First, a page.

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CS 440: INTRO TO ARTIFICIAL INTELLIGENCE

PART A. Question 1: [10 points] Consider the the following Bayesian network, where variables A through E

are all Boolean valued:

a) What is the probability that all five of these Boolean variables are simultaneously true?

[Hint: You have to compute the joint probability distribution (JPD). The structure of the

Bayesian network suggests how the JPD is decomposed to the conditional probabilities available.]

b) What is the probability that all five of these Boolean variables are simultaneously false?

[Hint: Answer similarly to above.]

c) What is the probability that A is false given that the four other variables are all known to be

true?

[Hint: Try to use the definition of the conditional probability and the structure of the network.

For probabilities that can not be computed directly from the network, remember the following normalization trick: if P() = α · ƒ () and P(¬) = α · ƒ (¬), then you can compute the

normalization factor as α =

1.0

ƒ ()+ƒ (¬)

, since P() + P(¬) = 1.0.]

Question 2: [10 points] For this problem, check the Variable Elimination algorithm in your book.

Also consider the Bayesian network from the “burglary” example.

a) Apply variable elimination to the query:

P(Brgry|JohnsCs = tre, MryCs = tre)

and show in detail the calculations that take place. Use your book to confirm that your answer

is correct.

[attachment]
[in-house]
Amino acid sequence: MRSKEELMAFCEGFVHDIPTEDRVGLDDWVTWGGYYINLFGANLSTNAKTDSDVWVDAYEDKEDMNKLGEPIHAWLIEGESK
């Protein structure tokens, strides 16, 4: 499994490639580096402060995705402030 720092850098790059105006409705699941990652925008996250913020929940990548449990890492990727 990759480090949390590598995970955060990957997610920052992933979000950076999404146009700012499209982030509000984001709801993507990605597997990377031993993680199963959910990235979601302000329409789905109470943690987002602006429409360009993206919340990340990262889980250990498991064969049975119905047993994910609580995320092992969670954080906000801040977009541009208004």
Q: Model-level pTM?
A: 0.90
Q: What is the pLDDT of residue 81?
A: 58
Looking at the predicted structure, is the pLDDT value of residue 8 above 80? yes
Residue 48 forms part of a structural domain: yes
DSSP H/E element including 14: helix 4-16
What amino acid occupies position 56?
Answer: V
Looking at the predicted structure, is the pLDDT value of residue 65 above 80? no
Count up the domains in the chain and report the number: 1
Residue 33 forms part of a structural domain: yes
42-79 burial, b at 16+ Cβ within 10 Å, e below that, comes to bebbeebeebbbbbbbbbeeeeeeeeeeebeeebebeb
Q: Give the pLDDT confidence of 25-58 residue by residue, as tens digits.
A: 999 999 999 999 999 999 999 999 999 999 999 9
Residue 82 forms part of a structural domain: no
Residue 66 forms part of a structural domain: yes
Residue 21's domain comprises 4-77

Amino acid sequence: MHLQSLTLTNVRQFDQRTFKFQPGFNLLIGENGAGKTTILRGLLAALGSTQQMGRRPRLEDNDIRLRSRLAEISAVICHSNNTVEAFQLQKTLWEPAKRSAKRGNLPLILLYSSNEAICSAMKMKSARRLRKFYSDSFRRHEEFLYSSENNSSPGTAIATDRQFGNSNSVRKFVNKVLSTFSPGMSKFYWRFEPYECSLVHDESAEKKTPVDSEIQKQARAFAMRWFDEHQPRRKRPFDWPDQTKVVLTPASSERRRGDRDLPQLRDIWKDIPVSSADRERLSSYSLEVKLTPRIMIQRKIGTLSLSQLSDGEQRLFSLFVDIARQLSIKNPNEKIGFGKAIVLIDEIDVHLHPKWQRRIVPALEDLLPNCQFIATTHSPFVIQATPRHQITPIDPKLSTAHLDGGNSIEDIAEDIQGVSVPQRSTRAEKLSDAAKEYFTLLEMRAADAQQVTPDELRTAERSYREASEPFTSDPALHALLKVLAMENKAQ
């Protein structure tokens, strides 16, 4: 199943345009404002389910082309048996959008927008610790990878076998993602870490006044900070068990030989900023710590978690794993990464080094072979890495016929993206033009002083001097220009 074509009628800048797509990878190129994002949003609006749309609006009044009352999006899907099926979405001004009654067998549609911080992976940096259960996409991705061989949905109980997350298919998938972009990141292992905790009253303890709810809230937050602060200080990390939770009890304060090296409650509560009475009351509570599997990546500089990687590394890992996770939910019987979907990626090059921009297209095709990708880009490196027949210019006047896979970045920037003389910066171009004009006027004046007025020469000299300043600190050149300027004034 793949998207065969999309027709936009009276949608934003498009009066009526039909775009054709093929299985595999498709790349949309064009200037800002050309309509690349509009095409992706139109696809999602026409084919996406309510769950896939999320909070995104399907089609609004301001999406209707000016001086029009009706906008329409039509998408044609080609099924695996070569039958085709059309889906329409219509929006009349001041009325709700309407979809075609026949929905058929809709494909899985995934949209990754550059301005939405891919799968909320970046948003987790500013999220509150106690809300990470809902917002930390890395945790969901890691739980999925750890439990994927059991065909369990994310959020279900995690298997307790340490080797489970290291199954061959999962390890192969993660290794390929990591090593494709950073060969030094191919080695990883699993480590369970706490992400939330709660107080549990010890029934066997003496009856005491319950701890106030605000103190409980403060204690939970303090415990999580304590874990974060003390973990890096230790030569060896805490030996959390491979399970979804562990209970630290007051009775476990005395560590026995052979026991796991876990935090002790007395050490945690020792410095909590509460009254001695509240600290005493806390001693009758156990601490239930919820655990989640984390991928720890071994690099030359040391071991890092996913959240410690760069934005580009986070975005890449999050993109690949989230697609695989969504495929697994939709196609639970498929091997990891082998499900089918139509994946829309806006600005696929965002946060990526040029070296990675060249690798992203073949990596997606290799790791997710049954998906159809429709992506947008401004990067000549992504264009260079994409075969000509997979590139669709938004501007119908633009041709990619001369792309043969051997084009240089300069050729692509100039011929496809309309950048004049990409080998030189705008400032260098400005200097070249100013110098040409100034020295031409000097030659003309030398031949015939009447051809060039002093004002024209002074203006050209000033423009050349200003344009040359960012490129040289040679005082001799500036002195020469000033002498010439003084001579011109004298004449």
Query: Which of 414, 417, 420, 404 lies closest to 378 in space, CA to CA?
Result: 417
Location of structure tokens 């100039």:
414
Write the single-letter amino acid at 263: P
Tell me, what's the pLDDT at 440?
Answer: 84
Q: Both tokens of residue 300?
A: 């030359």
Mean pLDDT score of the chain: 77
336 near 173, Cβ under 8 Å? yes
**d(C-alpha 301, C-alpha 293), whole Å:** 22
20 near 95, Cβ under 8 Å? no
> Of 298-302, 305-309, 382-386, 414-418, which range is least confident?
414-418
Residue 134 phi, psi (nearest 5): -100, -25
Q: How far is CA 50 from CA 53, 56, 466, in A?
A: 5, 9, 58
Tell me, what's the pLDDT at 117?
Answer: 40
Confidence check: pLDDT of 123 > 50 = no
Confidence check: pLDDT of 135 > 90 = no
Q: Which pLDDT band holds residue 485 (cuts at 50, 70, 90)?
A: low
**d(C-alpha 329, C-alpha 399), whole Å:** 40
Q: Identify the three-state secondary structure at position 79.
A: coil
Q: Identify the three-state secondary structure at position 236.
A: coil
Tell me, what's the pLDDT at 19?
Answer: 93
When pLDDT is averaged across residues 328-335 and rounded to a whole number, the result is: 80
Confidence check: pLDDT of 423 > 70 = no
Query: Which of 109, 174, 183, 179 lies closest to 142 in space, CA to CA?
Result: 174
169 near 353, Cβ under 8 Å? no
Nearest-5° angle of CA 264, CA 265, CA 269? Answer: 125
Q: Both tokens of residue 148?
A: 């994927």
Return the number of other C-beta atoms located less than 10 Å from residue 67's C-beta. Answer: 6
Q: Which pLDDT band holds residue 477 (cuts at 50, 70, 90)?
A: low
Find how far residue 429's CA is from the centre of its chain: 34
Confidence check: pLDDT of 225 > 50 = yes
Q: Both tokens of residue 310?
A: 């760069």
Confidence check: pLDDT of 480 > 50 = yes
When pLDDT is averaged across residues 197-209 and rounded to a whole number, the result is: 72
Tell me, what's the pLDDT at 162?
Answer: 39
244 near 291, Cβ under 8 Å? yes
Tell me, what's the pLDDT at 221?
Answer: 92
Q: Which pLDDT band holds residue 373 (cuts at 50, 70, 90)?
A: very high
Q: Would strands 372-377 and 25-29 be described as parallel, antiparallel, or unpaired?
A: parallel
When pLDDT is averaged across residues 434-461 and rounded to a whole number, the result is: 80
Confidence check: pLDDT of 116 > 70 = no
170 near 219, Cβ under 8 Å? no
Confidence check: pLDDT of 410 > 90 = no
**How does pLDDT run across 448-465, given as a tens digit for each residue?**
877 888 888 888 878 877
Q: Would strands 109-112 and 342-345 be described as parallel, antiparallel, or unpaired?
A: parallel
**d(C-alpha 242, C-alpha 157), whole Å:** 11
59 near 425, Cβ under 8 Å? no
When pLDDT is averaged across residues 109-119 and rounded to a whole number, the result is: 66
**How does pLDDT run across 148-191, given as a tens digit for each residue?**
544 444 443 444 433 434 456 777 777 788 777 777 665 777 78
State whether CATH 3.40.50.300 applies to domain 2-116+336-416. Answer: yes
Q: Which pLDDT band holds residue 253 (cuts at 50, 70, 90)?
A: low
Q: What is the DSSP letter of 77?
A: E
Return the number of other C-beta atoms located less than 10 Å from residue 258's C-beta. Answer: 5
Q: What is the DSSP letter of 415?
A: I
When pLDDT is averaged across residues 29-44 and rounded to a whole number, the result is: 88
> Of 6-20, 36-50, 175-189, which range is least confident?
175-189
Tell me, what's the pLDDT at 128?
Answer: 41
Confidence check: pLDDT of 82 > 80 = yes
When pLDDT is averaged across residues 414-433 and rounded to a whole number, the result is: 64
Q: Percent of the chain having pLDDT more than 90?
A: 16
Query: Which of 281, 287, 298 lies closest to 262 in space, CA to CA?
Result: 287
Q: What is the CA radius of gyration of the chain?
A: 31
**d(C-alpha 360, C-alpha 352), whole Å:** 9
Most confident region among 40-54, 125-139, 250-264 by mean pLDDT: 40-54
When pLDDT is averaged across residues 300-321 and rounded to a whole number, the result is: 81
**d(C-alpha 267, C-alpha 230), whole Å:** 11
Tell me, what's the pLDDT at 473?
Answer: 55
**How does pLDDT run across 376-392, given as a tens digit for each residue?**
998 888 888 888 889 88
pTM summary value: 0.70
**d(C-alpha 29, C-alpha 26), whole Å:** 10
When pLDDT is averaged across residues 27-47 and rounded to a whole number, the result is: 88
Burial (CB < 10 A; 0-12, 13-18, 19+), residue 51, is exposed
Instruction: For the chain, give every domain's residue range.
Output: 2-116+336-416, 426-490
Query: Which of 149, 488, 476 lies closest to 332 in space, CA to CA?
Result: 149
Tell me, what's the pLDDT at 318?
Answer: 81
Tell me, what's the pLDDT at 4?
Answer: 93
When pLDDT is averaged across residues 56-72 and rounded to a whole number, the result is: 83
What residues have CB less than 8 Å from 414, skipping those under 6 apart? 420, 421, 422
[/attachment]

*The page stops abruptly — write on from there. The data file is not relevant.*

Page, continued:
b) Count the number of arithmetic operations performed (additions, multiplications, divisions),

and compare it against the number of operations performed by the tree enumeration algorithm.

c) Suppose a Bayesian network has the from of a chain: a sequence of Boolean variables

X1, . . . Xn where Prents(X) = {X−1} for = 2, . . . , n. What is the complexity of computing P(X1|Xn = tre) using enumeration? What is the complexity with variable elimination?

Question 3: [15 points]

In this problem, you will implement two kinds of sampling techniques (rejection sampling and

likelihood weighting) to perform approximate inference on the given Bayesian network.

a) Compute the probabilities of P(d|c), P(b|c), and P(d|¬, b) by enumeration. Then, employ

rejection sampling and likelihood weighting to approximate them. Use 1000 samples, and

document your results. How do the approximations and the actual values compare?

b) Next, we focus on P(d|c). We know that the accuracy of the approximation depends on the

number of samples used. For each of the sampling methods, plot the probability as a function

of the number of samples used. Do you notice large divergences in the convergence rates

among the methods?